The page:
Everyone knows solar energy is the greenest way to produce electricity but somehow the concept has not gained the desired momentum. At present, India is still in the early adoption phase of solar energy.
So, let’s take a look at the reasons that are holding people back and what can we do to overcome them to make the most out of the opportunity.
- To begin with, people are still sceptical about the technology. Do solar panels really work? Will they really provide me with a significant amount of electricity? Is my roof suitable? Why should I even bother to adopt it? These are the questions that inhibit people from adopting solar.
- There are a lot of “myths” or wrong notions and perceptions associated with the installation and usage of solar energy such as solar is a costly affair, technology is not yet up to the mark, the system is cumbersome in terms of maintenance and so on.
- Another reason why solar is not getting popular is because people still do not have the required technical know-how about the process, projects, solar developers or EPC players.
- The market for solar is very fragmented, and people are still not sure which developer or EPC firm to trust.
- There are other alternative sources of energy like wind energy and hydroelectricity that solar has to compete with.
- Although several financing methodologies are available, such as the BOO or RESCO model, people are still not fully aware about these things. These models make it very easy to adopt solar with very little to no capital expenditure.
- Lastly, in some states the grid tariffs are extremely low, and solar isn’t able to come to par with the tarrif.
But these days, with the government giving a strong push for the adoption of solar energy with the Jawaharlal Nehru National Solar Mission, the concept is gaining momentum again. This mission was launched on 11th January, 2010 by the Prime Minister. The mission has set the ambitious target of deploying 100 GWp of grid connected solar power by 2022 and is aimed at reducing the cost of solar power generation in the country through (i) long term policy; (ii) large scale deployment goals; (iii) aggressive R&D; and (iv) domestic production of critical raw materials, components and products. The objective of the above measures is to achieve grid tariff parity by 2022.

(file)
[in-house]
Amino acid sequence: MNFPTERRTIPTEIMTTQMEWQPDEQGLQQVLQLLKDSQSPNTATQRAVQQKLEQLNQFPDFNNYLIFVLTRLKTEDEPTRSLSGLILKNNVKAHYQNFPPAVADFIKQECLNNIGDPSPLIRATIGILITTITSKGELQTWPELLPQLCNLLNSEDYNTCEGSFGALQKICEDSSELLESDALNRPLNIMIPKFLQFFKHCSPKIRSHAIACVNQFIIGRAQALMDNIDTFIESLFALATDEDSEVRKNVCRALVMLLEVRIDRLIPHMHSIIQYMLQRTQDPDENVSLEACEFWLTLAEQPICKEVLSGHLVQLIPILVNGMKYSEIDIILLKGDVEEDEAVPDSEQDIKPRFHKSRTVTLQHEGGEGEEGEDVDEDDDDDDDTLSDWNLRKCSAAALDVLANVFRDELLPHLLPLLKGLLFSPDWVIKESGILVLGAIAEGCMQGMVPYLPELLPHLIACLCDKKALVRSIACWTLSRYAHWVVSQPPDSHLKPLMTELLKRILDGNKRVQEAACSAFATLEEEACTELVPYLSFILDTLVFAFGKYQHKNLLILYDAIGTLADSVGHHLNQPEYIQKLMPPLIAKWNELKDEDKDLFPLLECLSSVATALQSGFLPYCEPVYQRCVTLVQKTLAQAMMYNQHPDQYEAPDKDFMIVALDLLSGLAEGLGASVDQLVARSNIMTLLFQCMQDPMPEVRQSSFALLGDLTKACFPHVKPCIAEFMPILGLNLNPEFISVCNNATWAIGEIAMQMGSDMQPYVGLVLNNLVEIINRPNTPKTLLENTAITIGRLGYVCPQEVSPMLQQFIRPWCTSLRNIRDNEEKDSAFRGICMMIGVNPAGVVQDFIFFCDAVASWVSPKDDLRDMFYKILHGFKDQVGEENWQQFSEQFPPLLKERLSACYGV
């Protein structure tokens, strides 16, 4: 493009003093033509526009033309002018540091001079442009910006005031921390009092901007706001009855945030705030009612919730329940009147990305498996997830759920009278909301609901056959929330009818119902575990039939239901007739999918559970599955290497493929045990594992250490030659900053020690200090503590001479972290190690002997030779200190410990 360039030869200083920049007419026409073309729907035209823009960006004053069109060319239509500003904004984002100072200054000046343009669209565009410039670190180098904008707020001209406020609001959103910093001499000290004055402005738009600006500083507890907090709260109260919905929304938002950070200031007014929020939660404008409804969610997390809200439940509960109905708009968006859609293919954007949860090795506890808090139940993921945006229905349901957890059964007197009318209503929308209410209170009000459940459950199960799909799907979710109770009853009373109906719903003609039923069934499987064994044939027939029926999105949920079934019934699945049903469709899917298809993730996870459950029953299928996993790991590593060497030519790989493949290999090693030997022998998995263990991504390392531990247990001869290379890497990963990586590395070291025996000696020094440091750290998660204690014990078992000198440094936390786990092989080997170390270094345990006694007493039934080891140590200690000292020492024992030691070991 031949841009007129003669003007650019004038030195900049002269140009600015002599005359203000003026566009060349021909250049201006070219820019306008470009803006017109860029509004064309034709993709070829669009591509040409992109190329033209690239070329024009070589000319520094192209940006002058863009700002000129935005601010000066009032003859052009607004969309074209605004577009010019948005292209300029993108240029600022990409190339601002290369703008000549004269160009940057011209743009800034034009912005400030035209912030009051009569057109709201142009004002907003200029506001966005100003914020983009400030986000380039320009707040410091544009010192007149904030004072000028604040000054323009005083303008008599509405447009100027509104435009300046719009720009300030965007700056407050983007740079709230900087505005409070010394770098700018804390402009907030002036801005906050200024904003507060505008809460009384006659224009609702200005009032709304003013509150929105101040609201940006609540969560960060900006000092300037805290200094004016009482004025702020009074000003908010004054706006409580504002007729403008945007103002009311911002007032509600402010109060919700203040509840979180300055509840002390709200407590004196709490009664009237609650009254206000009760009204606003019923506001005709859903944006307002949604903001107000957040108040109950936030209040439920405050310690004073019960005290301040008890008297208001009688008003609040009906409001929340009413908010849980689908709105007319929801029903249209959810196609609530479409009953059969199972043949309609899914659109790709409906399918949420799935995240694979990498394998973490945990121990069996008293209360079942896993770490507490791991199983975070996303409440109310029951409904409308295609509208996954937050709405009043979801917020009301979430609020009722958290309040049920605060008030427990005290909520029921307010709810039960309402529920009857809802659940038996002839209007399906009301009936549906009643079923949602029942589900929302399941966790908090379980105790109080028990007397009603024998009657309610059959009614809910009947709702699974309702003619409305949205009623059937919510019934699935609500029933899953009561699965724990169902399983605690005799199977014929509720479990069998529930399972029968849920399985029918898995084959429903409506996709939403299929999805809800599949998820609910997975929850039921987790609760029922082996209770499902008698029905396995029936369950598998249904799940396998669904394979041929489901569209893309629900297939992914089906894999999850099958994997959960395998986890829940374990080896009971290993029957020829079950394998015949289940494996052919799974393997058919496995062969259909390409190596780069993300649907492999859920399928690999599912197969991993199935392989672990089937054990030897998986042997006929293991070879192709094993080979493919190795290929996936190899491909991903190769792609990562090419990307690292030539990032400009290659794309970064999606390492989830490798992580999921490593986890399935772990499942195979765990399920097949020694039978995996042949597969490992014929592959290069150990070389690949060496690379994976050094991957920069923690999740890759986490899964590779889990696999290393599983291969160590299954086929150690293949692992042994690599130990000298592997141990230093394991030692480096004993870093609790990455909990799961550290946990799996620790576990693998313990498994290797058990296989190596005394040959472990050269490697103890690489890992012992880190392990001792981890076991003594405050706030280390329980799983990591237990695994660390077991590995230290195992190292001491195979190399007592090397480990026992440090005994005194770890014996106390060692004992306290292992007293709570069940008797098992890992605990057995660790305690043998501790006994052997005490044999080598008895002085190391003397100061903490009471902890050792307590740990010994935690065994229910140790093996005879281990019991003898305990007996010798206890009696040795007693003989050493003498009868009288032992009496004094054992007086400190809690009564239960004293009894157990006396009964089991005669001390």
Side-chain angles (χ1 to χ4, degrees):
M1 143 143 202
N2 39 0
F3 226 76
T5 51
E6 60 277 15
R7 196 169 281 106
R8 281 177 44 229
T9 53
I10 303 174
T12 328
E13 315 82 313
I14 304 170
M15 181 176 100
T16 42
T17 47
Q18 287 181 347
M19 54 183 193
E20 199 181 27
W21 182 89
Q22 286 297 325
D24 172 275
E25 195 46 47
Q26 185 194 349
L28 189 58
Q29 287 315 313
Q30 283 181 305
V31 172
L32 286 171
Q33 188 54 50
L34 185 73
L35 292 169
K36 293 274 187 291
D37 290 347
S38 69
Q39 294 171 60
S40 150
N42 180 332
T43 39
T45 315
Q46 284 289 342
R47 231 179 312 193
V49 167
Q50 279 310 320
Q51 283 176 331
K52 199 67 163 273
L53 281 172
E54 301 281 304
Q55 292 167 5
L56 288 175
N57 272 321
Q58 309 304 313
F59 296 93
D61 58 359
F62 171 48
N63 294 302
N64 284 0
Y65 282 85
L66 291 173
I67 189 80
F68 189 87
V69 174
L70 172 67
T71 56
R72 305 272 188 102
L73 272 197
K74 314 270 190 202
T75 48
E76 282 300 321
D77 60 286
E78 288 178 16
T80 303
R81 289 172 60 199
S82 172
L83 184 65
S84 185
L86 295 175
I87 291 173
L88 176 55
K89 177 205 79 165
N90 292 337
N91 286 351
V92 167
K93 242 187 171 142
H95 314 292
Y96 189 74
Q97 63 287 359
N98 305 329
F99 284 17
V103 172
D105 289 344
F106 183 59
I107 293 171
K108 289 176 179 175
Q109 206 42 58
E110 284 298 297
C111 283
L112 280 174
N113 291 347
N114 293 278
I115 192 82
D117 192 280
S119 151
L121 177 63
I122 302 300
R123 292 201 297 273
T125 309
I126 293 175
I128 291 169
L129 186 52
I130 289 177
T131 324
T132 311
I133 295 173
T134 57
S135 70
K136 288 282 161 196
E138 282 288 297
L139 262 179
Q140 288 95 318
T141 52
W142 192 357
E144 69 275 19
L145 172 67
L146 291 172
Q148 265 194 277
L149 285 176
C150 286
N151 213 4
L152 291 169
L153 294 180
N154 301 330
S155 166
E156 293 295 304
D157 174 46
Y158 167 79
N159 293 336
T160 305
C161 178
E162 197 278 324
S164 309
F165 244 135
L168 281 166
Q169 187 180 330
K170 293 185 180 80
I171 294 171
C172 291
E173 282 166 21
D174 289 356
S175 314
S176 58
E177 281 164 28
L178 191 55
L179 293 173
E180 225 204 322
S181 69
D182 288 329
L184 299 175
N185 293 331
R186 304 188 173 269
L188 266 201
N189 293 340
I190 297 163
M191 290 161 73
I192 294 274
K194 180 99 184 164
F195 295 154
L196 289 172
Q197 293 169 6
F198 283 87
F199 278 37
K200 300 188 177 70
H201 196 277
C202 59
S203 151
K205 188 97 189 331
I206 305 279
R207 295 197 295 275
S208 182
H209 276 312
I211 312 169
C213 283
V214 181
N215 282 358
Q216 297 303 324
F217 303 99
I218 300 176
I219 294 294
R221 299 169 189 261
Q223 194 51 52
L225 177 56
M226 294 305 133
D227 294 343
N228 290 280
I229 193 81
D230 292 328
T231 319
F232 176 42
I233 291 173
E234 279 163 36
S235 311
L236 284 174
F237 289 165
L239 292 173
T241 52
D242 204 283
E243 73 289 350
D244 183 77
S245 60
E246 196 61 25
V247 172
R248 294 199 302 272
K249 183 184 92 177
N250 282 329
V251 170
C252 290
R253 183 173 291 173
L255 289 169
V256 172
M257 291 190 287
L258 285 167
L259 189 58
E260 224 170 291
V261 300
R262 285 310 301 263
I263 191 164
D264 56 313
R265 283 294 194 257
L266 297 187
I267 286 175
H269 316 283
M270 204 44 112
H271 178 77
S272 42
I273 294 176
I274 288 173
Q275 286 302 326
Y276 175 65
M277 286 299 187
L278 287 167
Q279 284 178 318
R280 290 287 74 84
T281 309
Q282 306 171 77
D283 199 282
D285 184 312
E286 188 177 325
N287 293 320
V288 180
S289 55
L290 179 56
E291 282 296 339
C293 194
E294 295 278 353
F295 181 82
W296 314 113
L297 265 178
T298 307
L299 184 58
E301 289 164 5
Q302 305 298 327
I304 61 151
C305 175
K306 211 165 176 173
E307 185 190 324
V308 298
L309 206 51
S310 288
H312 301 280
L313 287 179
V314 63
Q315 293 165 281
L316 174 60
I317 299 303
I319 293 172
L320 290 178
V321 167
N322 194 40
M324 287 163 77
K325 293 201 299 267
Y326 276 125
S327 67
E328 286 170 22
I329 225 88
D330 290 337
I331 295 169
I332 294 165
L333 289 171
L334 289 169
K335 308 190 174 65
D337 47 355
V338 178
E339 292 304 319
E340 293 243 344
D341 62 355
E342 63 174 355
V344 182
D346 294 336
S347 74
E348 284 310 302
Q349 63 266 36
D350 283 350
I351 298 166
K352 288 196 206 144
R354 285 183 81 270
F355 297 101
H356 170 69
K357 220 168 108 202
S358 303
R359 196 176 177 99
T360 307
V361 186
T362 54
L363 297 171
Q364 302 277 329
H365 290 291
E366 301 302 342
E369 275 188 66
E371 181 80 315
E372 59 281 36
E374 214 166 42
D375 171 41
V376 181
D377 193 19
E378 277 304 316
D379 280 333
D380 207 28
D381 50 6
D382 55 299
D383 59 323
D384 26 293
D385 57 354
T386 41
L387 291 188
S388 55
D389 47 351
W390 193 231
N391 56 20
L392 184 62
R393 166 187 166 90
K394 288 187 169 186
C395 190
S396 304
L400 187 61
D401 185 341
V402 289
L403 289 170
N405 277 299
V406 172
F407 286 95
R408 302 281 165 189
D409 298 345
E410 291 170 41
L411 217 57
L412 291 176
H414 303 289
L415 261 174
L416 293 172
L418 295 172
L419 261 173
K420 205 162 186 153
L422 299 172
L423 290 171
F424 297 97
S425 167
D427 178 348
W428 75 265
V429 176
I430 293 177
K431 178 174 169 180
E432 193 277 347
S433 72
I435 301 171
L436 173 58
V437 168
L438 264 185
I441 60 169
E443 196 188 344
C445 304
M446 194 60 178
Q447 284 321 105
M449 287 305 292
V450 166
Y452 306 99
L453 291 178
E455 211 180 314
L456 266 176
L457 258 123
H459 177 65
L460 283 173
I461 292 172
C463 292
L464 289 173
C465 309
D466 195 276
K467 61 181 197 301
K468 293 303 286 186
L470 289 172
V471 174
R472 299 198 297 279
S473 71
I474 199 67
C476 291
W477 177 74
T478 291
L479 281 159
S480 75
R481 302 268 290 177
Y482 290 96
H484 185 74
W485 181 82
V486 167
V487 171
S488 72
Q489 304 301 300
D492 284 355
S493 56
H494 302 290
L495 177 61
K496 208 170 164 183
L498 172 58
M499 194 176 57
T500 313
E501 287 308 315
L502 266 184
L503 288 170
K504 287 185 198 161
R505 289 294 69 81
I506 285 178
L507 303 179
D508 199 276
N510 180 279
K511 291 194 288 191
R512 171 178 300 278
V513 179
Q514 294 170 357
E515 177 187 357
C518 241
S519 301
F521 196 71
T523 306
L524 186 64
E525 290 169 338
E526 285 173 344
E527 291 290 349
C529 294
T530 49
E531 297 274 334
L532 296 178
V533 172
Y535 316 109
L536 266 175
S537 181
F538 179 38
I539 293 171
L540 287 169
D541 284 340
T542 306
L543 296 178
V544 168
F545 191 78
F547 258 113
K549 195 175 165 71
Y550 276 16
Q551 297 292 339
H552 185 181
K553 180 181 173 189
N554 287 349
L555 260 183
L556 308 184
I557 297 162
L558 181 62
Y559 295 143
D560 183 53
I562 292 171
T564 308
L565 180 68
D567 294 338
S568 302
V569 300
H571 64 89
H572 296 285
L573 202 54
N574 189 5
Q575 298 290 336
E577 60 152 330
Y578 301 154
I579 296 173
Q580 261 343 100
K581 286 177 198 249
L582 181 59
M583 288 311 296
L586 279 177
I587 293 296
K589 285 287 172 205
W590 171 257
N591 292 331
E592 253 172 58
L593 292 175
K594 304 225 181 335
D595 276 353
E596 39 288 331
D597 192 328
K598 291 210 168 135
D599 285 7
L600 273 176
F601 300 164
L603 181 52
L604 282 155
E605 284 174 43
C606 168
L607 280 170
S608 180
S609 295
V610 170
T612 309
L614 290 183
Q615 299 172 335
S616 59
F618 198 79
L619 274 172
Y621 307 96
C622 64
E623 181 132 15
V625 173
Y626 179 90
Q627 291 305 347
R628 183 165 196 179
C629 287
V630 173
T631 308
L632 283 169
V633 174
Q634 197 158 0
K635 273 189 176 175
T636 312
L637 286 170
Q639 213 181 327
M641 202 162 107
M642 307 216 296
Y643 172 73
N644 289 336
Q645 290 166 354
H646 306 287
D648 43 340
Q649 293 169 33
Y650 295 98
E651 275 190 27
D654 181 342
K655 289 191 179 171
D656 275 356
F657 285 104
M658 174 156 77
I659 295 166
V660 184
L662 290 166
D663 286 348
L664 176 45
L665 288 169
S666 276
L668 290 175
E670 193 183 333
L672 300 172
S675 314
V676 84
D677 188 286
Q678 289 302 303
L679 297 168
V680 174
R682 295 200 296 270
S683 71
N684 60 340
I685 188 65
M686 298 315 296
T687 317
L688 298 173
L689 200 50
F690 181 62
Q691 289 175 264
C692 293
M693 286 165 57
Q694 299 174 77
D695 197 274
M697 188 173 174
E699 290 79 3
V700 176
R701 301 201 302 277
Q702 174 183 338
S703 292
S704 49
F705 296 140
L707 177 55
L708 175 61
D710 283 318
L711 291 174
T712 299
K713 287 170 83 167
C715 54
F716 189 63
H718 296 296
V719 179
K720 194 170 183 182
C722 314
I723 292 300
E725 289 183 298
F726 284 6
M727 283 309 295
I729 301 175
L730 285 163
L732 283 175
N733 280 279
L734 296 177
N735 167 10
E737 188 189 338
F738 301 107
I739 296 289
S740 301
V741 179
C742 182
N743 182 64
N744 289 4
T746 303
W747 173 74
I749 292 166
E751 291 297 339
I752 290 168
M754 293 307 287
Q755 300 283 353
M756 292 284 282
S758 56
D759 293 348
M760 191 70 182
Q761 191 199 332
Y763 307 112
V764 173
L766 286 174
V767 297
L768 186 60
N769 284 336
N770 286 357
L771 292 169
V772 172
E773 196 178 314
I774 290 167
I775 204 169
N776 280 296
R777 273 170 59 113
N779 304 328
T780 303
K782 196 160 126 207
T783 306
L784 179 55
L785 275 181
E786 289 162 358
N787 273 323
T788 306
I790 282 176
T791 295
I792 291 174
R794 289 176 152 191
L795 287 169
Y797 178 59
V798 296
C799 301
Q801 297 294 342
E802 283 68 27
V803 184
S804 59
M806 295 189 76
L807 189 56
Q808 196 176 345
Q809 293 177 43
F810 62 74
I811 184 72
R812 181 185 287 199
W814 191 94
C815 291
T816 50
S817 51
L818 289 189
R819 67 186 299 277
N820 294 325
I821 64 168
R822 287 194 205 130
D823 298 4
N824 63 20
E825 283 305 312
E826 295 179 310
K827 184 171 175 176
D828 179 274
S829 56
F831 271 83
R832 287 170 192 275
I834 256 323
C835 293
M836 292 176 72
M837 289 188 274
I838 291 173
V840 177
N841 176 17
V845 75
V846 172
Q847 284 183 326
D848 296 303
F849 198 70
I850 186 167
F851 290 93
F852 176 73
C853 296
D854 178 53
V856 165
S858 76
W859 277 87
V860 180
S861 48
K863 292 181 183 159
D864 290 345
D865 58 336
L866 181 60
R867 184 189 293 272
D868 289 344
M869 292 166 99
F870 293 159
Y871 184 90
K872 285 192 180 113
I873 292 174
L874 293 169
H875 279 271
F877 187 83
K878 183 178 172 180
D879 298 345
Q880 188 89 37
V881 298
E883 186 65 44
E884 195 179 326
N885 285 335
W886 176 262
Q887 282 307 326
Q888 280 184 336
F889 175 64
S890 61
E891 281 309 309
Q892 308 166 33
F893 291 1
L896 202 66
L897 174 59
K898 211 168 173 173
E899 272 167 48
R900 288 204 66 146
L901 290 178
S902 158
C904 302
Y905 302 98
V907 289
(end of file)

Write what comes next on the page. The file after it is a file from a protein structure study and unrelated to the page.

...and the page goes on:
The fact that corporate leaders are embracing the technology is a huge boost for its future prospects. Thus, with the onset of Mahindras and Tatas and TVS’ adopting this newer and cleaner form of energy, the country has started seeing a chain reaction of adoption.
A Brighter Future!
Despite the above mentioned challenges that the industry faces, the availability of “free” sunlight will remain a driving force behind the development of new ideas that can make solar power more affordable in the future. As economies of scale are achieved in the manufacture of solar collection devices (both thermal and electric), and as petroleum prices gradually rise, solar energy will become even more cost competitive in the long run.
To know more about solar energy, or remove any apprehensions you have about adopting solar or installing a solar power system on your rooftop or anything you want to know about the quicker solar adoption rate among leading Indian corporate, contact CleanMax Solar at www.cleanmaxsolar.com or write to firstname.lastname@example.org.